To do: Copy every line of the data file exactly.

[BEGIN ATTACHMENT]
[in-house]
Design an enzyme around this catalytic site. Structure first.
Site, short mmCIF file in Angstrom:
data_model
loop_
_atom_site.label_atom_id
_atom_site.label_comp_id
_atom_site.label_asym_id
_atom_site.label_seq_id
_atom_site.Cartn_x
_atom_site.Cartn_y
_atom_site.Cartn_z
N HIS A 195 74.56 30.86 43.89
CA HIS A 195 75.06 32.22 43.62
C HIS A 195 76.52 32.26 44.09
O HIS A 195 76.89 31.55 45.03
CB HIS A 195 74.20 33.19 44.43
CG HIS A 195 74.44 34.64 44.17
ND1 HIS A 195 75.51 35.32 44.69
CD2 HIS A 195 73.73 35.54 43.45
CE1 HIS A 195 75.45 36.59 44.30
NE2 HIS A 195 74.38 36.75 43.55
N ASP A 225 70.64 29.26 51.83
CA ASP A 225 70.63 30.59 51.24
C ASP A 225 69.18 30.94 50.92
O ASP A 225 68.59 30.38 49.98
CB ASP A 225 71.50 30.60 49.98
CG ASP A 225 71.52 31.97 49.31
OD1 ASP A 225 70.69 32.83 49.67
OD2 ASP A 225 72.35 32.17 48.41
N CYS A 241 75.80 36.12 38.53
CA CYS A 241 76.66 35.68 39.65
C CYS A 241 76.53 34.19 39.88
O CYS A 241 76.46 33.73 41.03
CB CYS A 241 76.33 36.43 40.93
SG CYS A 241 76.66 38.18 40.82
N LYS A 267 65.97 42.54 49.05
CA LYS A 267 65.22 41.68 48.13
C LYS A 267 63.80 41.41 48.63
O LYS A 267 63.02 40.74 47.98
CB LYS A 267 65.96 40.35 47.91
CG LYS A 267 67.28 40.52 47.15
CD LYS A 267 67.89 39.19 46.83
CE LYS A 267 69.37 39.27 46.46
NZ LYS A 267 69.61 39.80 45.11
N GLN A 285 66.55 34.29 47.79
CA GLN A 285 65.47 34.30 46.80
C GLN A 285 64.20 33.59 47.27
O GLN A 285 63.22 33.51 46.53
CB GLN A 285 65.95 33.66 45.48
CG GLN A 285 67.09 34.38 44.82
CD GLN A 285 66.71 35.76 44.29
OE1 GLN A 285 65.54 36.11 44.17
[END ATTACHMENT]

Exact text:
[in-house]
Design an enzyme around this catalytic site. Structure first.
Site, short mmCIF file in Angstrom:
data_model
loop_
_atom_site.label_atom_id
_atom_site.label_comp_id
_atom_site.label_asym_id
_atom_site.label_seq_id
_atom_site.Cartn_x
_atom_site.Cartn_y
_atom_site.Cartn_z
N HIS A 195 74.56 30.86 43.89
CA HIS A 195 75.06 32.22 43.62
C HIS A 195 76.52 32.26 44.09
O HIS A 195 76.89 31.55 45.03
CB HIS A 195 74.20 33.19 44.43
CG HIS A 195 74.44 34.64 44.17
ND1 HIS A 195 75.51 35.32 44.69
CD2 HIS A 195 73.73 35.54 43.45
CE1 HIS A 195 75.45 36.59 44.30
NE2 HIS A 195 74.38 36.75 43.55
N ASP A 225 70.64 29.26 51.83
CA ASP A 225 70.63 30.59 51.24
C ASP A 225 69.18 30.94 50.92
O ASP A 225 68.59 30.38 49.98
CB ASP A 225 71.50 30.60 49.98
CG ASP A 225 71.52 31.97 49.31
OD1 ASP A 225 70.69 32.83 49.67
OD2 ASP A 225 72.35 32.17 48.41
N CYS A 241 75.80 36.12 38.53
CA CYS A 241 76.66 35.68 39.65
C CYS A 241 76.53 34.19 39.88
O CYS A 241 76.46 33.73 41.03
CB CYS A 241 76.33 36.43 40.93
SG CYS A 241 76.66 38.18 40.82
N LYS A 267 65.97 42.54 49.05
CA LYS A 267 65.22 41.68 48.13
C LYS A 267 63.80 41.41 48.63
O LYS A 267 63.02 40.74 47.98
CB LYS A 267 65.96 40.35 47.91
CG LYS A 267 67.28 40.52 47.15
CD LYS A 267 67.89 39.19 46.83
CE LYS A 267 69.37 39.27 46.46
NZ LYS A 267 69.61 39.80 45.11
N GLN A 285 66.55 34.29 47.79
CA GLN A 285 65.47 34.30 46.80
C GLN A 285 64.20 33.59 47.27
O GLN A 285 63.22 33.51 46.53
CB GLN A 285 65.95 33.66 45.48
CG GLN A 285 67.09 34.38 44.82
CD GLN A 285 66.71 35.76 44.29
OE1 GLN A 285 65.54 36.11 44.17